One of the health-care specialties in the clinical neurosciences, Neuropsychology is the study of the understanding and diagnosis of changes in thinking and behavior after known or suspected brain damage. More simply, it is the scientific study of the relationship between the brain and how we act, think, and feel. Neuropsychology is the functional combination of two specific health disciplines: neurology and psychology. Using the computer as an analogy neurology is the scientific practice of the assessment and treatment of the “hardware” of the brain, which is comprised of the brain and the spinal cord of the body. Psychology on the other hand is the scientific practice of the assessment and treatment of the “software” or “programming” of the brain. Much like a specialist who is called in to assess a computer problem, a neuropsychologist is knowledgeable of both the hardware and the software, the neurology and the psychology, of human beings. Knowing that “breakdowns” in either domain can cause a disruption in behavior, it is essential that both areas be competently assessed.
Neuropsychological assessments typically comprises an evaluation of the basic dimensions of cognitive and behavioral functioning. These are: Orientation; Attentional Capacity and Higher-Order Attention; New-Learning and Memory; Intellectual Functioning; Language Functioning: (Production, Understanding); Visuospatial, Visuoperceptive, and Visuoconstructive Functioning; Sensorimotor Functioning; Executive Functioning; and Personality/Emotional Functioning. Assessment is accomplished through the use of standardized paper-pencil and computerized tests which have been “normed” on an age, education, and gender matched control group. Through the analysis and interpretation of the patient’s clinical presentation, test scores, medical records, and overall profile an assessment can be made regarding the patient’s organic brain condition. The results of the assessment are then utilized to develop an appropriate and effective rehabilitation program tailored to address the patient’s specific needs.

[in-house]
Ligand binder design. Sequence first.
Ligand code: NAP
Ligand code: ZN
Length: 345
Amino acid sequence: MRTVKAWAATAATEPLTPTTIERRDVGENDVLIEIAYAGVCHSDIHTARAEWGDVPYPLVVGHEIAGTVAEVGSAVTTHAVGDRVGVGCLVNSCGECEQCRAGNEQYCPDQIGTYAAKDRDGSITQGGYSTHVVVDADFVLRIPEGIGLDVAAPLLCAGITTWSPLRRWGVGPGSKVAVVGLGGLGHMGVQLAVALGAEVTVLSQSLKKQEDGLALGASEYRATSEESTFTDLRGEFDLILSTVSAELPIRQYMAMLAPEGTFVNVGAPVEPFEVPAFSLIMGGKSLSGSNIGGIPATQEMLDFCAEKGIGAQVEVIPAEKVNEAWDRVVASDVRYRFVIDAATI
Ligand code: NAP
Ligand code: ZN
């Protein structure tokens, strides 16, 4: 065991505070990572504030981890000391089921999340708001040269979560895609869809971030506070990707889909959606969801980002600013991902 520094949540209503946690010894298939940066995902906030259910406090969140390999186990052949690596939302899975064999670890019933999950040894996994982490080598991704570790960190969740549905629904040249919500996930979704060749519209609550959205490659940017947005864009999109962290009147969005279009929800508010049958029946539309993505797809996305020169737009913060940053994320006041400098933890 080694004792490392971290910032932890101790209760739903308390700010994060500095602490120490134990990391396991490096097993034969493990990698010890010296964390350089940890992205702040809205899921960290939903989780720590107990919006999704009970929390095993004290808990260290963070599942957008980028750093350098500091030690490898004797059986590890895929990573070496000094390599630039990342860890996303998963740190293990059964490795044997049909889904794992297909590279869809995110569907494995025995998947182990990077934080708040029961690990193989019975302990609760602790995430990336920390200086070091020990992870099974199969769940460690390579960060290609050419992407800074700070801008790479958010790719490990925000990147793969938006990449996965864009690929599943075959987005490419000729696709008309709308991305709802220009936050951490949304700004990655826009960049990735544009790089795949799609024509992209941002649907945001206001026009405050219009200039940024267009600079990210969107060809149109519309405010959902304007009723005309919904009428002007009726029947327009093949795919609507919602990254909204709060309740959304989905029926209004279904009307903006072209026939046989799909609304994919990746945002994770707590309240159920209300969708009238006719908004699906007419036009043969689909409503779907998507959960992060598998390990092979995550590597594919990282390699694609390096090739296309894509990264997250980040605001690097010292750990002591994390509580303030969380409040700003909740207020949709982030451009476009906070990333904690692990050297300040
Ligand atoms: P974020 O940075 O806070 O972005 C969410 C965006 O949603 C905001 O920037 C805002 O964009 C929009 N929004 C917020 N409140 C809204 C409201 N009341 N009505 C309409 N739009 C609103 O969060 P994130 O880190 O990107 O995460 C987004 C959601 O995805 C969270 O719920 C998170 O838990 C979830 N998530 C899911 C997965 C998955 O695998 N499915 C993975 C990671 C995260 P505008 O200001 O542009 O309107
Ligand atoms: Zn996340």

Identifying the nature of brain-behavior abnormalities relative to “normal” functioning, understanding the consequences of these changes in the daily life of the individual, and contributing to effective and cost-efficient treatment and management of affected patients are basic goals of a neuropsychological consultation.